Pub Rants

Critique Workshopped The Voice Right Out Of There

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STATUS: I’ve had many rounds of civilized tea this morning.

What’s playing on the XM or iPod right now? BEDS ARE BURNING by Midnight Oil

The worst thing you an do when traveling abroad is to succumb to the desire to go to sleep right away on arrival.

The trick to acclimating is to suck it up, stay awake, and try not to hit the pillow until about 7:30 or 8 pm. Then go to sleep and you are, more or less, on schedule for the rest of the trip.

Easier said than done really.

So I rang up Kelley Armstrong who had been on our same flight down. I figured she was valiantly doing the same thing and we could combine forces by going out to dinner.

Can’t say I was the liveliest conversationalist but I think she’ll forgive me. We talked about giving workshops. I’m doing the Agent Reads The Slush Pile workshop tomorrow. As you blog readers know, I always start with a big disclaimer. That 99.9% of what I see during the workshop will not be ready for an agent to see.

Never stops folks though. I think deep down in writers’ hearts, they are hoping to be discovered.

Kelley mentioned the same happens to her when she gives writing workshops. She always begins with her disclaimer that she can’t get any of her writer students published. They are hopeful all the same.

She also mentioned that beginning writers will often suppress their natural voices as they become so focused on the mechanics of writing. In short, one’s voice can be critique workshopped out of them if the writer has a quirky style etc. Often times her job is to allow new writers permission to discover their voice again. (Now it’s not to say you ignore craft mechanics, any good writer is going to figure out how to manage both.)

But since I don’t ever teach writing per se, I thought that was pretty interesting and something new writers need to be aware of.

36 Responses

  1. Ted Cross said:

    That is something I worry about a bit. Do I focus so intently on getting everything write in the mechanics that I lose my own voice? I don’t have an answer to that yet.

  2. Mike Koch - Protect The Risen said:

    I work odd hours so I can definitely relate to the ‘jet lag’ feeling and yes pushing through it is sage advice. For me, the hardest part of traveling is finding time to write. It feels odd doing it on the plane with a pair of eyes hanging over your shoulder. Then the late night dinners cramp the hotel time as well, so alas when does one blog, edit, or write. As for finding the balance with voice and mechanics, yep, I would again agree. I wish there was a magic button I could press at the end of a chapter that took care of all my grammatical short comings. As with your previous advice, the trick I’ve found is to ‘suck it up’ and push through the editing process.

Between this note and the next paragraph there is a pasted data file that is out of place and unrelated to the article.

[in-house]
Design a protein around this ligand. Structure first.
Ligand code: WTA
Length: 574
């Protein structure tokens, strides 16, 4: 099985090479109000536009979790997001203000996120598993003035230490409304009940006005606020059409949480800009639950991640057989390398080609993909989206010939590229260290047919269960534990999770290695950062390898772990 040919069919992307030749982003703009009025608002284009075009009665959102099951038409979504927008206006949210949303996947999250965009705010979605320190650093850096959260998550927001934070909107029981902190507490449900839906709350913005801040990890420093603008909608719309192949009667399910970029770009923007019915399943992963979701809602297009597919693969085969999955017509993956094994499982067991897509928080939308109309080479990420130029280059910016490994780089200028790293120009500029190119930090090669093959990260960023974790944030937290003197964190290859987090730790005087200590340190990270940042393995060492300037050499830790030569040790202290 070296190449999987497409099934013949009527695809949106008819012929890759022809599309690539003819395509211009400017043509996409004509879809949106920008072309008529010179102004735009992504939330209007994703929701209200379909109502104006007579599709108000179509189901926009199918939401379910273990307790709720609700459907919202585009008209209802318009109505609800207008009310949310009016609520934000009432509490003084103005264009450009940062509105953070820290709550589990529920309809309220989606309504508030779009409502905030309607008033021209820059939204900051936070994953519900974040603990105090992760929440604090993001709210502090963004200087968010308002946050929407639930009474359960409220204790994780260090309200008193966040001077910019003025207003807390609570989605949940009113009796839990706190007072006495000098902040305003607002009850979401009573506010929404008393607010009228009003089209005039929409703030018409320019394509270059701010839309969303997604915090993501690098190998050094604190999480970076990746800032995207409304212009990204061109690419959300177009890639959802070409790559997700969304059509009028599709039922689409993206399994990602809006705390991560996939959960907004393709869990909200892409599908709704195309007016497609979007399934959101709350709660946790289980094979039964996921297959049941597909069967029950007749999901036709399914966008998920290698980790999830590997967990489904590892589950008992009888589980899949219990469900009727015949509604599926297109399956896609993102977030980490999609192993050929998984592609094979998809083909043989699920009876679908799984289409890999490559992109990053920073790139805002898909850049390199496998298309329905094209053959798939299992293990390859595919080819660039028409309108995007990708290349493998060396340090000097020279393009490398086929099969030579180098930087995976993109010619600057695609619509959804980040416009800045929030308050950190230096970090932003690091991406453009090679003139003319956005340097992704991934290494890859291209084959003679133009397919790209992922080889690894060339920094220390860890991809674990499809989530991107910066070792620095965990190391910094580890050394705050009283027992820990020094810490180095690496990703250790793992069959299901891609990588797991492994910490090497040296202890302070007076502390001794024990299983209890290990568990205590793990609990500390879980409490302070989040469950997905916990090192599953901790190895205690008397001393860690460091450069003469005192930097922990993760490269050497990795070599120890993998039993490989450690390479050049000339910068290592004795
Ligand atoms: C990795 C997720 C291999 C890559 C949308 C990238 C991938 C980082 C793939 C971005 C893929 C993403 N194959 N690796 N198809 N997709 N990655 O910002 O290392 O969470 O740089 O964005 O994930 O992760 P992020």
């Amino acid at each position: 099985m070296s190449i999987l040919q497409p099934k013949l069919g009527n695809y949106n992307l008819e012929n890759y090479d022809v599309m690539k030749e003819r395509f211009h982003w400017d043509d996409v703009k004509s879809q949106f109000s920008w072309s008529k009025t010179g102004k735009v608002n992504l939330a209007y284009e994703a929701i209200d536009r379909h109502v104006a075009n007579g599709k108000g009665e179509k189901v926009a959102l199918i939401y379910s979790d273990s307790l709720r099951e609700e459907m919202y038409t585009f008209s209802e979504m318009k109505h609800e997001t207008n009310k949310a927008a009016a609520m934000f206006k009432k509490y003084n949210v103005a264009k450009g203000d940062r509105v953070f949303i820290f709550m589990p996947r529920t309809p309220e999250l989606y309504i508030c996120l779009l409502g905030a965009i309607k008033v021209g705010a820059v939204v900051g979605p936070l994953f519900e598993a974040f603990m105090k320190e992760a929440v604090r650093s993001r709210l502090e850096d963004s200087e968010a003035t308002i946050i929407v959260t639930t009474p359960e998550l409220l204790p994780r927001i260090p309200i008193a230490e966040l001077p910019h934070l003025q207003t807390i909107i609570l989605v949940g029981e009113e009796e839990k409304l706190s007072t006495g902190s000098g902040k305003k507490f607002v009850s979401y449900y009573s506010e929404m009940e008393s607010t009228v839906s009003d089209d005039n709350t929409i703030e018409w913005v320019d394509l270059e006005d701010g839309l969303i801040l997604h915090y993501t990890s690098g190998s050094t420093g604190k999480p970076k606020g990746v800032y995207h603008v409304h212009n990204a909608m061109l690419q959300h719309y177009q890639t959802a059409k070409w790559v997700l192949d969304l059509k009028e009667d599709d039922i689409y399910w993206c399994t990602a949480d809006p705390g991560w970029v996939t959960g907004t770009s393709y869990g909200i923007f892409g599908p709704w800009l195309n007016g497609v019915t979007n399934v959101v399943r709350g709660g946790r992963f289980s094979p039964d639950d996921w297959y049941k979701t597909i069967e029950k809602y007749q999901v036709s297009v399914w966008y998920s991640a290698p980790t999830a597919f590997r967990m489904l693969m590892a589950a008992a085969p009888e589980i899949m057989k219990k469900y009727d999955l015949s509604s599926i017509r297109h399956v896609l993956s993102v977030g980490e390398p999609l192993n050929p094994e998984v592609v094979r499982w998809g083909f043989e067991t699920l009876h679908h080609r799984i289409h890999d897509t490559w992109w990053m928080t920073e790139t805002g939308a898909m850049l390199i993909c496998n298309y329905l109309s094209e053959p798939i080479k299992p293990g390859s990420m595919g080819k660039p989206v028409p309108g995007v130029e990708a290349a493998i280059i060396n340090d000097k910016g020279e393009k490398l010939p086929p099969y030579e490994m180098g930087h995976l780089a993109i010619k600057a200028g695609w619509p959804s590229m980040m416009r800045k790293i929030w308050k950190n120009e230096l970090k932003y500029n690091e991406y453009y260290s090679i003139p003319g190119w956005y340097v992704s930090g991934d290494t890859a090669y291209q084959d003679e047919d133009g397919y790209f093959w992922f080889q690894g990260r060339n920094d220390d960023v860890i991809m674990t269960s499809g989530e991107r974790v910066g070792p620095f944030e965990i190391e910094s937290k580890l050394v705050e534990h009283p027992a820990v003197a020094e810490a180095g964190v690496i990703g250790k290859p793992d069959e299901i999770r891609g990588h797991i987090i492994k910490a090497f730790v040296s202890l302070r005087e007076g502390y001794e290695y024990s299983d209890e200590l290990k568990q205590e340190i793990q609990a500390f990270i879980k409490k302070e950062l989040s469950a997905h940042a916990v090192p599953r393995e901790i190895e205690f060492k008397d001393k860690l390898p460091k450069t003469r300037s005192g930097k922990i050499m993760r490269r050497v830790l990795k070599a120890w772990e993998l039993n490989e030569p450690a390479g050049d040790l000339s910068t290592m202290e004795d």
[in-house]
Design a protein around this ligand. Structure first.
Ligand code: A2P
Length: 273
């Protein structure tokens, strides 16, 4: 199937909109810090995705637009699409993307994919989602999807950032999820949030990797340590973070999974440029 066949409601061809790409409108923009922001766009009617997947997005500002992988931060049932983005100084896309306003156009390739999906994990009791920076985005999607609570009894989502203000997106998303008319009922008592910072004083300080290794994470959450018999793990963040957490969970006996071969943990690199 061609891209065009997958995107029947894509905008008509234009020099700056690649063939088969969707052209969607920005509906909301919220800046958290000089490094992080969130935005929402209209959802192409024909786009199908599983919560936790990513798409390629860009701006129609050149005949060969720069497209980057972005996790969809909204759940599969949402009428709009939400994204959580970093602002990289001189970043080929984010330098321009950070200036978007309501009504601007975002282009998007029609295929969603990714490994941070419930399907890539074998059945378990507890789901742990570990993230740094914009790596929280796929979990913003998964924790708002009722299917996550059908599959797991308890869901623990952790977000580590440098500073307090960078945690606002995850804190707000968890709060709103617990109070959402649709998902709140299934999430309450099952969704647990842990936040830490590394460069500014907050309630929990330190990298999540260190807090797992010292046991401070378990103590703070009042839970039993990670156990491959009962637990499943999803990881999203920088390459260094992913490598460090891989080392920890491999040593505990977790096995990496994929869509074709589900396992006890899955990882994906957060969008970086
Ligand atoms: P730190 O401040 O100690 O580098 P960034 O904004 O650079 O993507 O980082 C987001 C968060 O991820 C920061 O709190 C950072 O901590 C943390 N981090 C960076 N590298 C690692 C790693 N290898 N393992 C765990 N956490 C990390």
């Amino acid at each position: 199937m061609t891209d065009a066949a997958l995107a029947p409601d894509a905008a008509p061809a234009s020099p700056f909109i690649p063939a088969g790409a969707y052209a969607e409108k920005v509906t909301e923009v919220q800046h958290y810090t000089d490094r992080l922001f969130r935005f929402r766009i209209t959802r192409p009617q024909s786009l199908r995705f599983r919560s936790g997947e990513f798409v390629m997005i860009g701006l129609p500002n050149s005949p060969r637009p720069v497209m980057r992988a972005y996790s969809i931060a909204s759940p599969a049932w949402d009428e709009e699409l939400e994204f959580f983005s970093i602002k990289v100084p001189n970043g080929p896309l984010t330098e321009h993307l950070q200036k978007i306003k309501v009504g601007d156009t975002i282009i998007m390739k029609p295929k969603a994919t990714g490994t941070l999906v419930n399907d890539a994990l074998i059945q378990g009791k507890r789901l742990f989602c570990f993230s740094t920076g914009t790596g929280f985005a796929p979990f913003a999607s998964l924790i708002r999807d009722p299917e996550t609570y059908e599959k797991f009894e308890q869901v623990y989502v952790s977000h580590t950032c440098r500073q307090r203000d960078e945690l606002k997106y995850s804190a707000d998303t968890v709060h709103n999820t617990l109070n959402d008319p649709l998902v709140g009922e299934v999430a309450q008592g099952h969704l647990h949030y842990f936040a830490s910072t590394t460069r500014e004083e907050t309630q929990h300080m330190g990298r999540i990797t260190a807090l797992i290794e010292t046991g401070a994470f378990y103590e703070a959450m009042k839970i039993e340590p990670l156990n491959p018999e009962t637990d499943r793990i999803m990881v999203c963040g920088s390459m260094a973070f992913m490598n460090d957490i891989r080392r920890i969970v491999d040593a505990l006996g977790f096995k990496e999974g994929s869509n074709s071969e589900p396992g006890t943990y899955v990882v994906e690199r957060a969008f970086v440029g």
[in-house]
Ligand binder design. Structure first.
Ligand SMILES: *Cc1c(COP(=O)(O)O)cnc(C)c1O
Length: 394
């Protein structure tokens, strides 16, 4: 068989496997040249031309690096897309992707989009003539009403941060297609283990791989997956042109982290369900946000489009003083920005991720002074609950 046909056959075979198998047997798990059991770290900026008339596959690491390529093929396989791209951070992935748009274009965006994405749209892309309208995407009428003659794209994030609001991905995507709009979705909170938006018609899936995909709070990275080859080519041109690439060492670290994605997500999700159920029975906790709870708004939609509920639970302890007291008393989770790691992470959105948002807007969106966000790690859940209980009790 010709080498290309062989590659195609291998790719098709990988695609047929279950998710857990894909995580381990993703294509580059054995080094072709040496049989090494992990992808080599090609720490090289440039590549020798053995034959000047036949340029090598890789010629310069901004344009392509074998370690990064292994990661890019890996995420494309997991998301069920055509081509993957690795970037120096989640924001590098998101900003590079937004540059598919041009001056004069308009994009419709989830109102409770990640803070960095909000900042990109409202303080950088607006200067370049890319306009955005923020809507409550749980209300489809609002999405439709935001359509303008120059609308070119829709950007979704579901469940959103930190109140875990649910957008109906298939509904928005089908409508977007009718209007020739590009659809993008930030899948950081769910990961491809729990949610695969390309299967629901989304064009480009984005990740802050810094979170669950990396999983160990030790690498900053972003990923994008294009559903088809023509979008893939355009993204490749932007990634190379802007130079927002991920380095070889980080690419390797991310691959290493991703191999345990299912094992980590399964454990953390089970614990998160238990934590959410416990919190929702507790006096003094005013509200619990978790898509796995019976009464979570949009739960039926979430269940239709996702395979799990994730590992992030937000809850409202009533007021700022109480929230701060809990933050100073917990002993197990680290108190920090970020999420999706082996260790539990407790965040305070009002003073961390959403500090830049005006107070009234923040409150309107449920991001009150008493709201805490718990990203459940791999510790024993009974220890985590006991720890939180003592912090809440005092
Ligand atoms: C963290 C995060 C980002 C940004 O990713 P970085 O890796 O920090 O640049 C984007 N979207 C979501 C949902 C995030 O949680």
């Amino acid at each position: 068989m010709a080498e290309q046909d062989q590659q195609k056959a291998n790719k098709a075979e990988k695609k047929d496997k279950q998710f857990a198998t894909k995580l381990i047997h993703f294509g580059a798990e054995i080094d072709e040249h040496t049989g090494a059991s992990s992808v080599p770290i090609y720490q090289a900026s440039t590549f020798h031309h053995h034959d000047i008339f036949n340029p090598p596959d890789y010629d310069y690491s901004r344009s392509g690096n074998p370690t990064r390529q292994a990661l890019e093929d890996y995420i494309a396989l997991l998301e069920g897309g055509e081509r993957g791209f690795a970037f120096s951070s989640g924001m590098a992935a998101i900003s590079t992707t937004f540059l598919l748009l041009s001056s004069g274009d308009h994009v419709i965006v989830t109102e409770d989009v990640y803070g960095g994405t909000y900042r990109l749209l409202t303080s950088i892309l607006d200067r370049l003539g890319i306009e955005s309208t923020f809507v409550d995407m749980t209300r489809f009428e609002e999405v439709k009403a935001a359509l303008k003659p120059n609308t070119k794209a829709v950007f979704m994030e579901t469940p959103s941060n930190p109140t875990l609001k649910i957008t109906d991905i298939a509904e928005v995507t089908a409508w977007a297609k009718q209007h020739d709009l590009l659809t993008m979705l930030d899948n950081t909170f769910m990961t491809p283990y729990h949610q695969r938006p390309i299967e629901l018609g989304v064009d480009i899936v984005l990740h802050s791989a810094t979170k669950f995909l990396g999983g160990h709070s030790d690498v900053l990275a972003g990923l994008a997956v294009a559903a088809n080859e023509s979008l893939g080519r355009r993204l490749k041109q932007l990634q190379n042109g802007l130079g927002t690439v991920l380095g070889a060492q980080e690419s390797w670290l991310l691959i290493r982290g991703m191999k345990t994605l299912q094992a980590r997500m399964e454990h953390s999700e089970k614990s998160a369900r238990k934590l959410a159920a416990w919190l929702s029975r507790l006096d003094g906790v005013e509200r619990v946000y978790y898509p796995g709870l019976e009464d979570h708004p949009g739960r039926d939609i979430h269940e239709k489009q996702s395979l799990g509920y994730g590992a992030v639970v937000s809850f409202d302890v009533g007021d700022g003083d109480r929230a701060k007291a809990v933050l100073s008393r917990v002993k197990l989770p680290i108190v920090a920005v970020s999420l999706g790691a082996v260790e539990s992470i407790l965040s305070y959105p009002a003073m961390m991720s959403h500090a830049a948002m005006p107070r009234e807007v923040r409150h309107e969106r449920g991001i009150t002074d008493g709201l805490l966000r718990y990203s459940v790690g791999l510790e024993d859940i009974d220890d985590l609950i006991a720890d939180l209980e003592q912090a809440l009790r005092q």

3. Jess Anastasi said:

    I’m at the conference but missed out on getting into this workshop, places filled up quickly! Sounds like its going to be very insightful. Though I imagine some of the feedback will be hard for people to hear. Good luck!

  4. Anne A said:

    Yeah, I’ve seen the voice be critiqued out. I recall recently noticing in an online writers’ site how several new writers diligently followed every piece of advice from their critiquers, and the revisions got progressively more boring. The ‘spark’ of the writers’ individuality vanished, and at the same time, they were praised by each person who saw their fix completed.

    I was once told to stop using a particular sentence construction because, while grammatical, it seemed “consciously affected”. I scrubbed the offending construction from that piece. I noticed it in other pieces, removed it, and halted myself each time I started writing it. Then, I caught myself typing it in emails and found it in documents I had written for work years ago. At that point I decided that it was not “consciously affected” but in fact just the way I write. Not using it was taking a whole lot more conscious effort than just letting my voice out.

    It’s hard to know when to stick to your individual quirks and when to conform — I wonder if writers need to go through a conforming stage in order to find what elements most rankle them, and then let those bits out again as their voice.

  5. June G said:

    How timely. I often feel constrained in my efforts to write “properly” that I’m not staying true to my voice. I’m a little nervous to let the characters be who I instinctively believe they should be. Writing well is a real art and craft that must be honed.

  6. Cindy Little said:

    Great post! I worry a lot about the mechanics of my writing mainly because I DON’T have a background in English–unlike just about every other writer I’ve met! I know the importance of good grammar, but I’ve also run into what I call “grammar snobs” that favor mechanics over all else. Maybe I’m way off here, but I don’t see a problem with taking mechanical liberties from time to time–especially if doing so enhances the story.

  7. Lehcarjt said:

    I’ve seen writer’s get their voiced washed out. It’s usually because they don’t know how to evaluate the advice they are being given so they do everything that everyone is telling them.

    Nine times out of ten, a writer needs to evaluate the advice, figure the heart of the problem themselves (if there really is one) , and solve it their own way.

    IMO, it’s also worth it to spend several months following other people’s critique process (especially online), before posting something of one’s own. That way the poster gets a good feel for the personalities and which ones they regularly agree/disagree with.

    This is also a confidence issue involved.

  8. Sophie Perinot said: